Founders’ Day changes through the years

HTML tutorial

Throughout the years, Founders’ Day has brought a sense of unity to Harrisites, allowing them to appreciate the values that Townsend Harris was founded upon. It is a tradition that has been upheld since 1984 and remains a unique part of the THHS experience. Since the first Founders’ Day, many aspects of the event have remained the same, though the modern Founders’ Day has grown to incorporate many new elements in the time-honored tradition.  

Joseph Merino, currently an Assistant to the Director of the Queens College Preparatory Programs, was among the first graduating class of the reopened THHS in 1988. In regard to the  traditions that still exist today, Mr. Merino said that “there were some student musical performances; however, nothing like the contemporary tradition of humorous skits and such.”

He added that there were several important speeches made on the first Founder’s Day. “We had numerous alumni, politicians, and administrators from Queens College & the NYC Board of Education who had fought to get our school reopened, so there were stories of political controversy and public arguments on pedagogy, but mostly tales of the joys and long-lasting effects of having been a student at the original Townsend Harris.” 

Physical Education teacher Lauren Caiaccia, class of 1992, also remembers her first Founders’ Day as a student. “We were in the old building which is where RFK High School on Parsons Boulevard is at and we walked from Parsons Boulevard to Colden Auditorium. It was very ceremonial,” she said. 

The classic roll call was not introduced until after Townsend Harris moved to its current location. “Roll call started after I was in school. I think that Ms. Solomon, who was the assistant principal [at the time], started roll call in the new building era,” she said.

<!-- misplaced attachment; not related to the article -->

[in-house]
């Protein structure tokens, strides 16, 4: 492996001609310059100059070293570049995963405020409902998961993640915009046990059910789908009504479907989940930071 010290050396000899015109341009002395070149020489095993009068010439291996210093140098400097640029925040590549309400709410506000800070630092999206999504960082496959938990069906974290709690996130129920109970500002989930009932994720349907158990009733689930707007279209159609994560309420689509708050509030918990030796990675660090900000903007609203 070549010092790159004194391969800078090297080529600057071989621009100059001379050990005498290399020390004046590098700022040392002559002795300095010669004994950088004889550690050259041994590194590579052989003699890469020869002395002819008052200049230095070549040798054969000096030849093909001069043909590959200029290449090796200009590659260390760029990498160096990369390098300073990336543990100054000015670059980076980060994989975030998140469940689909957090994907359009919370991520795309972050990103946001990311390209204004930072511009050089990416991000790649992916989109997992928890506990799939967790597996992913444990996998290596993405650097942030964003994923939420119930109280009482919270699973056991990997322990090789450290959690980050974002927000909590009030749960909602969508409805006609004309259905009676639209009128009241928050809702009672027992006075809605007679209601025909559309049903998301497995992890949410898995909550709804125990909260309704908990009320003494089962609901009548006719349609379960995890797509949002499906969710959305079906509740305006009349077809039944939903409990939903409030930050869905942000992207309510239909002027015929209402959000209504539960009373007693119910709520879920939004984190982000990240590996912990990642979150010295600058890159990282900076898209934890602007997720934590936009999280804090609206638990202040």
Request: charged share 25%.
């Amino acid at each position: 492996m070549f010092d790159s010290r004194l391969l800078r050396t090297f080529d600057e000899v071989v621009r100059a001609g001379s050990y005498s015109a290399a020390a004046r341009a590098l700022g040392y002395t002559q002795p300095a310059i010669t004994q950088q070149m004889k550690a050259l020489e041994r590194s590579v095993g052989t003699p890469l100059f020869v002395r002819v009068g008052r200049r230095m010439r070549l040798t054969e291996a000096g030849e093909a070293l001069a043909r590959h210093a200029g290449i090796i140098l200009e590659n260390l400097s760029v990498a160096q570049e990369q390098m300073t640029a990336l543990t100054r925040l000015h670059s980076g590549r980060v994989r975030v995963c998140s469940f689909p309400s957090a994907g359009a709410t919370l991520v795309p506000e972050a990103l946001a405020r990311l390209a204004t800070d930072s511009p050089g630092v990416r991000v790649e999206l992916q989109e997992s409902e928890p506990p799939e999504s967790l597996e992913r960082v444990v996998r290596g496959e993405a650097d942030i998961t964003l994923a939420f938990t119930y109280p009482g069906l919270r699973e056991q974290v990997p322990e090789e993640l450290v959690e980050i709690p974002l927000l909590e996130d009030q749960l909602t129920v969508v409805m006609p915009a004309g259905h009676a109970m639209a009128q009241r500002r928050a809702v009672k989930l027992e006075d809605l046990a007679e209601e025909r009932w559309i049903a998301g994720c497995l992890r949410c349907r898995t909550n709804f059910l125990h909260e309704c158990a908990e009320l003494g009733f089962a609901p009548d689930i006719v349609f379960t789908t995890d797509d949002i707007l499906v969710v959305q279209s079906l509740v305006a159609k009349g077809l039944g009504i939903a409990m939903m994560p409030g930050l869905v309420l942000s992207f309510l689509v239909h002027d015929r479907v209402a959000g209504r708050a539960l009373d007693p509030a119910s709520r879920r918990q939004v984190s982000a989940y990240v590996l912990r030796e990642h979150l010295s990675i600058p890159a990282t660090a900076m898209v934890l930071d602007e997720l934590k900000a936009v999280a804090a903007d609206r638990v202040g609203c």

Another Founders’ tradition, the recitation of the Ephebic Oath, has existed since the school’s earliest days. “The Ephebic Oath was passed down from the original Townsend Harris alumni to the students, faculty, and staff of the new Townsend Harris High School at Queens College — ensuring that, in all we do, we try to leave a place better and greater than we found it,” Mr. Merino said.

 “I remember in Writing Process, learning the Ephebic Oath and then saying it for the first time at Founders’ Day,” World Language Teacher and class of 2006 alum Christopher Amanna said. “The Ephebic Oath [still remains the same]. There’s always a keynote speaker, there was always a musical piece, and the band always did the national anthem.”

Science teacher Sarah Loew, class of 2006, remembers doing the annual Founders’ Day Food Drive and the “Election Simulation candy line going into Colden where the seniors [were] trying to bribe their voters.” Ms. Loew said that over the years, there has been an increase in student led initiatives, as well as many more performances. 

Social Studies Teacher and class of 2015 alumna Nicole Gleizer recalled her Founders’ Day experience during her years at Townsend Harris. “For the most part it [has] stayed very consistent…the first [tradition] is to dress up… the skit has also remained an integral part, and the chorus under the direction of Ms. Sato has remained the same,” she said.

Last year, a new trivia game about the history of Townsend Harris was added to the program. Senior Kelvin Yip said, “The trivia was a fun activity, and it was funny to see the audience get frustrated with the players. It was a good way to test how little, or how much, we knew about our school.”

“The traditions remain the same but they are revamped every year, so there’s always a new twist that comes on it… it’s been evolved over time into being more relatable,” Ms. Gleizer said. 

“We have this rich history, and we have this rich culture,” Mr. Amanna said. “It’s something special that other schools don’t have, and it’s nice that we honor it.”